Before its invention in China in the eleventh century, printing with the aid of a pigment was not known to have been applied to literary purposes. The Chinese were the first to impress upon paper, or similar substances, the reversed transcript of engraved characters, through the conjoint aid of ink and pressure. Each page was very neatly written on thin transparent paper, then glued face downward upon a smooth block of wood. The plain or white parts were cut away with most wonderful rapidity, and the drawing left in relief. Both sides of the block were similarly operated upon. The engraved wood was then properly arranged upon a frame, and the artist, with a large brush, covered the whole surface with a very thin ink; he then laid very lightly over it a sheet of paper, then passed a large brush over it, lightly, yet so surely that the paper was pressed upon the raised figures, and upon no other part. One man printed ten thousand sheets in one day! The Diamond Sutra, printed in China by Wang Chieh, now on exhibition at the British Museum in London, is the oldest book known, the date is given as May 11th, 868. It consists of six sheets of text and one shorter sheet with a wood-cut, all sheets pasted together so as to form one continuous roll 16 (!) feet long by one foot wide. Each sheet is 2% feet long by one foot wide, indicating the large size of the wooden blocks used. However, the printing of the Chinese appears never to have advanced beyond the style of wood-block books. In Rome, copies of books, records, speeches, etc., were readily, rapidly and cheaply multiplied by slaves, who were educated to serve as copyists or scribes. Thus the books of those early days are called manuscripts, from manus, the hand, and scribere, to write. Writing of books by hand continued to be the only method practiced throughout centuries until the great migration of peoples was ended. The surging, driving ahead, the clashing together of the many different European peoples with the assaulting, onward storming tribes out of the East lasted for several centuries, and out of this turmoil there emerged a new European state formation. In this ‘epoch of brutal might and endless battling, culture and scientific pursuit found but isolated havens of refuge. The remnants of learning and erudition took flight to the monasteries. Even the art of reading and writing, in the early Middle Ages, was known only to the clergy. The monks, almost exclusively, undertook the reproduction and multiplication of all spiritual and worldly statutes, bibles and other manuscripts; it was they who wrote the public documents.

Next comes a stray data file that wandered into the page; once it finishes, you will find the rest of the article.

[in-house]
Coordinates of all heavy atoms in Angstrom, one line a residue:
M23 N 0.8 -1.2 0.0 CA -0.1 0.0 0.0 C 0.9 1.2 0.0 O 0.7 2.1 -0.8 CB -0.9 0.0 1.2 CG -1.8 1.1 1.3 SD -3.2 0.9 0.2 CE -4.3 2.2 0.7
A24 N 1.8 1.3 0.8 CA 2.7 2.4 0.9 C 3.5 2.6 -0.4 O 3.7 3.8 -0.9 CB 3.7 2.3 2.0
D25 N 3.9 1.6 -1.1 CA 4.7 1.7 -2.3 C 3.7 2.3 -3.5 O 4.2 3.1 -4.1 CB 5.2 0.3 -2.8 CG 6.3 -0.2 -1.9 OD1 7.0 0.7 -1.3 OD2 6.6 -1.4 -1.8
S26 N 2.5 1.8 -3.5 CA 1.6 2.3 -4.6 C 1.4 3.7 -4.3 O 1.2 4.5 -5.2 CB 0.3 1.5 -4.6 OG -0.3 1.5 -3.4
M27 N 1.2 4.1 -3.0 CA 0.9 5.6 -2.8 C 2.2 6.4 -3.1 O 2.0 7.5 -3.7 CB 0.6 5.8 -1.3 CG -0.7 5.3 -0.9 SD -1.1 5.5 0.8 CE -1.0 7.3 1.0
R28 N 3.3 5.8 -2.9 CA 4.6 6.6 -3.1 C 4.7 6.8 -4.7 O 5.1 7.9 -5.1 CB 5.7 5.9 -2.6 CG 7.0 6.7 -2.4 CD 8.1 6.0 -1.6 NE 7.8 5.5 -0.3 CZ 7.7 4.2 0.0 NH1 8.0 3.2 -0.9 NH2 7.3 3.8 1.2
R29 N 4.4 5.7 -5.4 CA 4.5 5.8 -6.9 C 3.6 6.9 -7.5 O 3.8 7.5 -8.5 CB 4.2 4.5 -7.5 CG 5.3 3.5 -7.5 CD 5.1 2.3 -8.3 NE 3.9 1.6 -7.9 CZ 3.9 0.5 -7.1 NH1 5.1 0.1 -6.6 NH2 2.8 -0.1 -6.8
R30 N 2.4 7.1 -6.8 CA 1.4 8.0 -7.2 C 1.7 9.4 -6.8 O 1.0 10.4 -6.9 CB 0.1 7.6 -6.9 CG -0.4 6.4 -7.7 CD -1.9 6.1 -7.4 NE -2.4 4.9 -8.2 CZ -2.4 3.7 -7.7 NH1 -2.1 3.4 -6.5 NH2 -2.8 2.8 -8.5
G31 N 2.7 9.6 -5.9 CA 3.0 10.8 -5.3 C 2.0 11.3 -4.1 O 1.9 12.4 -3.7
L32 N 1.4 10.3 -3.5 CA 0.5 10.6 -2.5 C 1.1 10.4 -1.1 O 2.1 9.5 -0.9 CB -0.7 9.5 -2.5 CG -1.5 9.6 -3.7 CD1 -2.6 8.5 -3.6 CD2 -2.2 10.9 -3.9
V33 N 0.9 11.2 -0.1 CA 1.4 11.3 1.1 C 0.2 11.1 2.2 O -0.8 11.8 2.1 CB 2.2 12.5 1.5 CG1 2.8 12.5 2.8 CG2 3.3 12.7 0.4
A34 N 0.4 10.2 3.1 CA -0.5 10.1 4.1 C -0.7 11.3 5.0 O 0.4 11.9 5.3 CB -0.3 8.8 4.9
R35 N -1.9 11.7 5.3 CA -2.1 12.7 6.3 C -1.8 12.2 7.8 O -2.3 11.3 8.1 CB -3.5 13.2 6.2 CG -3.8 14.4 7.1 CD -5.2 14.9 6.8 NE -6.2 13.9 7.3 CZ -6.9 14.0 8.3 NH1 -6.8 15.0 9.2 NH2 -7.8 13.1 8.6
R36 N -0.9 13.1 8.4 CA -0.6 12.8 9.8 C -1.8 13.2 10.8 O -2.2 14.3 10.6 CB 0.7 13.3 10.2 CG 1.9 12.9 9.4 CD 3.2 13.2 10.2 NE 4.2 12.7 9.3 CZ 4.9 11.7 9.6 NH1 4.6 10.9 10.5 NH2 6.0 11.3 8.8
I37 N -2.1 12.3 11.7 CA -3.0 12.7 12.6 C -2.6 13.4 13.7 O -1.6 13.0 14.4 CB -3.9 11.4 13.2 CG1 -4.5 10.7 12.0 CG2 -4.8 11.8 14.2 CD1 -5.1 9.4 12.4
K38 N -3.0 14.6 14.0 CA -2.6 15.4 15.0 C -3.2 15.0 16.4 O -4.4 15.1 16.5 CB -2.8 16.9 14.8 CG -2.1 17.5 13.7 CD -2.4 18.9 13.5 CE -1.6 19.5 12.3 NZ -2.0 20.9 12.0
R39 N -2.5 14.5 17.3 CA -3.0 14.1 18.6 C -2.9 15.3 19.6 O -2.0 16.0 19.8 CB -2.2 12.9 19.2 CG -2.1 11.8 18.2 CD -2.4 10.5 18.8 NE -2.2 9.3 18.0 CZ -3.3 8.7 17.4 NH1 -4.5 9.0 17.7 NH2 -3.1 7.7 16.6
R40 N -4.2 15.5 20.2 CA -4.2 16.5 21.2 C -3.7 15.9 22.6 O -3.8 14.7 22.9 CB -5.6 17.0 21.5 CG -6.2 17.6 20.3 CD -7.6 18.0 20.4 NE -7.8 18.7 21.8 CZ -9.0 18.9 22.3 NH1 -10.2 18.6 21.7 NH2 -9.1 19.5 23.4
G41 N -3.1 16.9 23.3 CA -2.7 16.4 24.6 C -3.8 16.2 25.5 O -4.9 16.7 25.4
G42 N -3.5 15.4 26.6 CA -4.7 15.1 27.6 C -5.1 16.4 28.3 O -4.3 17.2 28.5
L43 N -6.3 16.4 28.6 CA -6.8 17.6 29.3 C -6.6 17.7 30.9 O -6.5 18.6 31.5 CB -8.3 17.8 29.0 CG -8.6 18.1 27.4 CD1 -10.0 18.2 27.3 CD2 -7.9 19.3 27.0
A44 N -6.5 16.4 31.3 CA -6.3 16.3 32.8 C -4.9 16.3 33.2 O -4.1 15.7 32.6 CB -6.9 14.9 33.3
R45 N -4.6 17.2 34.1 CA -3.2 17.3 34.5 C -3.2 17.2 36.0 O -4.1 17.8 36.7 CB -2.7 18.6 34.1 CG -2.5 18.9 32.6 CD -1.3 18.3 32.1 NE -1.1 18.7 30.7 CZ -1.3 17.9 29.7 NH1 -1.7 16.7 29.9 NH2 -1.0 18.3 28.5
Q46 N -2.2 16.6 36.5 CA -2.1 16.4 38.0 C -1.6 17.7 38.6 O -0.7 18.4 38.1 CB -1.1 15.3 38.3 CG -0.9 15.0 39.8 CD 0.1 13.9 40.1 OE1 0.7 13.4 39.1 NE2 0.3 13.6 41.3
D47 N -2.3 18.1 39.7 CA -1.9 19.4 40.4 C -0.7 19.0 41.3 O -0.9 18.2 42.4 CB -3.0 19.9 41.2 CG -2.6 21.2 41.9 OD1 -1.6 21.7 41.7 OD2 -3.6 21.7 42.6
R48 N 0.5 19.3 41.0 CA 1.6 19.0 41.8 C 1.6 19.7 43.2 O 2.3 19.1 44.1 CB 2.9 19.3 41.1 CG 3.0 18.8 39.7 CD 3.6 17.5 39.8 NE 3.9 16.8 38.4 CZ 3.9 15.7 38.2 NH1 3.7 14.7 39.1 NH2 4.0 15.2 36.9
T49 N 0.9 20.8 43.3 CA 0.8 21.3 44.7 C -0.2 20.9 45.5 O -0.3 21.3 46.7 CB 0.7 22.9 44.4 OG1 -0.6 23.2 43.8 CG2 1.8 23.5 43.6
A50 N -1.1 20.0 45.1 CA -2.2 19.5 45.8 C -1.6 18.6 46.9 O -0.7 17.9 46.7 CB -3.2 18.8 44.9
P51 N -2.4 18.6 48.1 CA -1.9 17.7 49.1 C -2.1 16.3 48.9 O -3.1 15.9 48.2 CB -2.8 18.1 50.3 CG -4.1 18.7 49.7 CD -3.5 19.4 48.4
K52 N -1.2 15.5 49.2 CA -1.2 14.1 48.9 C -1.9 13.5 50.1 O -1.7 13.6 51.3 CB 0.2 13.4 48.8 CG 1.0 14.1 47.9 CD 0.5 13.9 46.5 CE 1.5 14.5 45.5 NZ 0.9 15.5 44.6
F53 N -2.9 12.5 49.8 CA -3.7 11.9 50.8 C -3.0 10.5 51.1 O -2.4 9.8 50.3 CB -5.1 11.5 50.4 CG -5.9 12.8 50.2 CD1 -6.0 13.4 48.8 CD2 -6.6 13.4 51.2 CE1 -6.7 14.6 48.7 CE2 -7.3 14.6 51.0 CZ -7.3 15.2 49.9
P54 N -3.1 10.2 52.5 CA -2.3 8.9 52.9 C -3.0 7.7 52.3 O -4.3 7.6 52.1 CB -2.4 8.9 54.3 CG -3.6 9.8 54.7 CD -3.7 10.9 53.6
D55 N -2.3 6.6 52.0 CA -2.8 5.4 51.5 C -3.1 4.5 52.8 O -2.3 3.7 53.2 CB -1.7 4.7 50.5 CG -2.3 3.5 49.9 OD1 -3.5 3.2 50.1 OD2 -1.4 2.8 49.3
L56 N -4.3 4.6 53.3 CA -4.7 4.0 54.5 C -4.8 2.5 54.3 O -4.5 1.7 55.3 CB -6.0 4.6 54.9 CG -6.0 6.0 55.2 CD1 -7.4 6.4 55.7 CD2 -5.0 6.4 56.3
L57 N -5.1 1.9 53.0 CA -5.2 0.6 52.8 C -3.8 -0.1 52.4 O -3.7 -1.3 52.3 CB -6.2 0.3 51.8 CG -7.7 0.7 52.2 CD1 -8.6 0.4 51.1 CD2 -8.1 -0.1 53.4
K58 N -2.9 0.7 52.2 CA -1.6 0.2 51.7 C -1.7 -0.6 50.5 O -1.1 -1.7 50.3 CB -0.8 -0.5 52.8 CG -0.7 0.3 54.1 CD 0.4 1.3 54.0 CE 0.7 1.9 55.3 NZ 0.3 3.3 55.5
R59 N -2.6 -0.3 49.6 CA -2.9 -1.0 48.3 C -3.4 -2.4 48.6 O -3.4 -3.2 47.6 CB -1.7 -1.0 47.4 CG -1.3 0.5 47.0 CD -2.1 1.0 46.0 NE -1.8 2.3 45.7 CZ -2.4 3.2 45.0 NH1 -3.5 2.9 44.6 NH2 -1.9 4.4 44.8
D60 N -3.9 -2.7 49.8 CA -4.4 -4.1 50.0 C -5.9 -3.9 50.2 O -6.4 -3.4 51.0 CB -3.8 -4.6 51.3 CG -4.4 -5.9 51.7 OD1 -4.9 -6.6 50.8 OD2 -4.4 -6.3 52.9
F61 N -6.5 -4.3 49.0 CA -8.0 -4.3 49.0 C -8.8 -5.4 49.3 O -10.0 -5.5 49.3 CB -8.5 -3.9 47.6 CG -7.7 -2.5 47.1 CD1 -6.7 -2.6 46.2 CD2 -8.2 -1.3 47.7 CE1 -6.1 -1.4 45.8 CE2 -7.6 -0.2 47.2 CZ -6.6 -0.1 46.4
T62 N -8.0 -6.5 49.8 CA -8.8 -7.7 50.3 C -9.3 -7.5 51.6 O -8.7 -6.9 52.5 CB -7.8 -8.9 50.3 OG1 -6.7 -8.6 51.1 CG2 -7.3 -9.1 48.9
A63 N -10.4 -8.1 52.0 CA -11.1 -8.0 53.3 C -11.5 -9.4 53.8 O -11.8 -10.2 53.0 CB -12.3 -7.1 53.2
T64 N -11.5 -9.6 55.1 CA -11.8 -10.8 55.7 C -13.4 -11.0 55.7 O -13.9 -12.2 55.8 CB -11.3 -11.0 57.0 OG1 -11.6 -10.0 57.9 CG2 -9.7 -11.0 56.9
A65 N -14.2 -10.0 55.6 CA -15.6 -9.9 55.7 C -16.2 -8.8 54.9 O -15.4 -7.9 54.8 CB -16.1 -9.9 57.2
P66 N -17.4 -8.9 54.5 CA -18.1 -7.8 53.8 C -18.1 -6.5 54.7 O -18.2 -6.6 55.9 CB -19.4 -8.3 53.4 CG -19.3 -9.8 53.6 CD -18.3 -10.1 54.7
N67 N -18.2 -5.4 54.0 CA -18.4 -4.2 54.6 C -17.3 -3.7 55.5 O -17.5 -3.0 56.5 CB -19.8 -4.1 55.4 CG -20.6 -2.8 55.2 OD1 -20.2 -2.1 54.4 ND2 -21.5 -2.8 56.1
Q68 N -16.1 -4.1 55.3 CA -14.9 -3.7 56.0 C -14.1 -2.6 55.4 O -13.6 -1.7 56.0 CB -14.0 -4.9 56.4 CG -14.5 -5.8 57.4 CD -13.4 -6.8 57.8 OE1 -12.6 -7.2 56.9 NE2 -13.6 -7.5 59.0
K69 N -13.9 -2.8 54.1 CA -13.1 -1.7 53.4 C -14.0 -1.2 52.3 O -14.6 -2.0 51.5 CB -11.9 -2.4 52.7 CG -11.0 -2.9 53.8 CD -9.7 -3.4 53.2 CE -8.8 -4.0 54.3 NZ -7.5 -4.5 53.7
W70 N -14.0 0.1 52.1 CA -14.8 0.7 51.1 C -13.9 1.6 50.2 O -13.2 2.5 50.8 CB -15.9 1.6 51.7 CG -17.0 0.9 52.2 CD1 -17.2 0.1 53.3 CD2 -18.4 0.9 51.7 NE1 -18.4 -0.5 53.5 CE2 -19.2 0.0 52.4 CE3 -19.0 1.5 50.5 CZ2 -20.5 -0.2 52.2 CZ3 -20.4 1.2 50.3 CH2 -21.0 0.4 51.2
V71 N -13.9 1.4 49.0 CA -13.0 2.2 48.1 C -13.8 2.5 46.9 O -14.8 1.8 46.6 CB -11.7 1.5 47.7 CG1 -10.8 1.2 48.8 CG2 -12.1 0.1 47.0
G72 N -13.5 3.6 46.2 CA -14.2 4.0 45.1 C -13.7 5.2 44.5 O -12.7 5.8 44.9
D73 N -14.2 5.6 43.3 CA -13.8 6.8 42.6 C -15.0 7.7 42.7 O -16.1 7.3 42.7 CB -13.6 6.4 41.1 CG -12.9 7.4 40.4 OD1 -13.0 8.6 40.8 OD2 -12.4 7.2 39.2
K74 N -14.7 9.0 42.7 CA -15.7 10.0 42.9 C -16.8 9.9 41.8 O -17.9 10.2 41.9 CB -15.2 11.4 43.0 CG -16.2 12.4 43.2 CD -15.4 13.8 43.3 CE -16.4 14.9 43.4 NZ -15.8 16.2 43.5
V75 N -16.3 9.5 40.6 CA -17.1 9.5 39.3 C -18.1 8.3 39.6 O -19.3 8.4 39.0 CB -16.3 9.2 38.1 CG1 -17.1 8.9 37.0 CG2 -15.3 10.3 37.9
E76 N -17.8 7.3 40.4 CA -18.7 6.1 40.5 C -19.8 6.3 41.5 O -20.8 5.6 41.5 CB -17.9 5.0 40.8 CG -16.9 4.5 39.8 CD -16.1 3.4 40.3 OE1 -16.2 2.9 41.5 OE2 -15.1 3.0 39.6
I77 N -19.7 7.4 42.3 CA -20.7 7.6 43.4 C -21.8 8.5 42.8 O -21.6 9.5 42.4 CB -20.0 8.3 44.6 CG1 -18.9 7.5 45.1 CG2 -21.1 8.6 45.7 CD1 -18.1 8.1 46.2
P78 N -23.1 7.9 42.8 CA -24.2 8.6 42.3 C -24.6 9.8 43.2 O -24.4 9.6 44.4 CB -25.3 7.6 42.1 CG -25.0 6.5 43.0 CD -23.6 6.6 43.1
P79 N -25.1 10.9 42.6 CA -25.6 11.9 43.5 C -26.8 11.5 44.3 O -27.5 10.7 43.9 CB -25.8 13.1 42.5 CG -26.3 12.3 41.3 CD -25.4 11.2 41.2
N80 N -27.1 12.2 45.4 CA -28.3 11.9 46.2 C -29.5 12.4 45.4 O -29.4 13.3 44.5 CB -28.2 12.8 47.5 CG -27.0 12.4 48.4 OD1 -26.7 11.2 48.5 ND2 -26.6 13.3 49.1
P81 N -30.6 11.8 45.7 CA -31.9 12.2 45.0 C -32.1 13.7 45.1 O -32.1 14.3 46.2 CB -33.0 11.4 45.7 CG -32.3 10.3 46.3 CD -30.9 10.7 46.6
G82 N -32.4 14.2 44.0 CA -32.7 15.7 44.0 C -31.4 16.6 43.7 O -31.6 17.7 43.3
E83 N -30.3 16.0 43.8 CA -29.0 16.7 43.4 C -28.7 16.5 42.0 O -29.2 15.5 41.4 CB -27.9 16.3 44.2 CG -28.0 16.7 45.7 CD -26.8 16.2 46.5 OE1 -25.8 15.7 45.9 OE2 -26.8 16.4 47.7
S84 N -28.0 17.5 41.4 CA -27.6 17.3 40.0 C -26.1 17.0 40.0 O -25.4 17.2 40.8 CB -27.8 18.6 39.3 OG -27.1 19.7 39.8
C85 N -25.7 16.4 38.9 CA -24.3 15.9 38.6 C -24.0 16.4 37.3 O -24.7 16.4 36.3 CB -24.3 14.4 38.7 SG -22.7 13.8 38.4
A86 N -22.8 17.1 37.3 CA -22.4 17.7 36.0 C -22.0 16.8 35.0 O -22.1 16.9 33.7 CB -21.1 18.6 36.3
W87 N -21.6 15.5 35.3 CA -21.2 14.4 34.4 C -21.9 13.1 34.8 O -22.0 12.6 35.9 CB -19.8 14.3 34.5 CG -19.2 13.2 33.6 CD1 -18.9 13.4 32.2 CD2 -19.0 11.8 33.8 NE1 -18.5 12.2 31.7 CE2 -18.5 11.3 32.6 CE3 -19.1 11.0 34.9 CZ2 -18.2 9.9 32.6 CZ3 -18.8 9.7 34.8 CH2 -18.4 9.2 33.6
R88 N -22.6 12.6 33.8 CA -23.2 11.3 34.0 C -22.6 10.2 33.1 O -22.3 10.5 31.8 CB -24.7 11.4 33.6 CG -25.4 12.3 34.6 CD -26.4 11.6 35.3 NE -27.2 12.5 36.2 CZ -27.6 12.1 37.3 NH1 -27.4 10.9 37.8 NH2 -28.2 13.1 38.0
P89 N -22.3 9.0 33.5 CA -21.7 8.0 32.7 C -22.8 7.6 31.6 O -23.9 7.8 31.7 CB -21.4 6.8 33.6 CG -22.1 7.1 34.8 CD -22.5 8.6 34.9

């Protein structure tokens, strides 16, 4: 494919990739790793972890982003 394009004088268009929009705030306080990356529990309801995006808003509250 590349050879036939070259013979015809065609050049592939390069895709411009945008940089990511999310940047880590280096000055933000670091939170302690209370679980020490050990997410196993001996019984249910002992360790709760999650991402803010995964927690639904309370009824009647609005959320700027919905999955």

The monks did not content themselves with simply copying; they developed it to an applied art. Some did the writing (scriptores), others compared and corrected the scripts and provided manuscripts with headings (rubricatores), and set them out in columns. Those possessing artistic skill painted initial letters (illuminatores), marginal adornments and miniatures (miniatores). The results of all this painstaking labor were pieces of veritable fine art, which were often bound in satin with covers of gold and silver, studded with precious stones. Cloth, linen, silk, parchment and vellum were used to write upon. Vellum, the skin of very young or abortive calves, was exquisitely stained in tints of rose, purple, yellow, blue and green. King Henry the Second was influenced to enact a law that of every work published in France one copy should be written on vellum and sent to the Royal Library, and this kingly order laid the basis of the splendid collection of vellum books in the Library of Paris. Books in those times were scarce and costly. Only the rich, the monasteries and the universities had libraries. The Countess of Anjou bought a book of Homilies, paying for it two hundred sheep, five quarters of wheat and the same quantity of rye and millet. The Cathedral of Notre Dame in Strasbourg was famed for its splendid collection of five hundred volumes. In Oxford, books were put in the pews or studies and chained to them.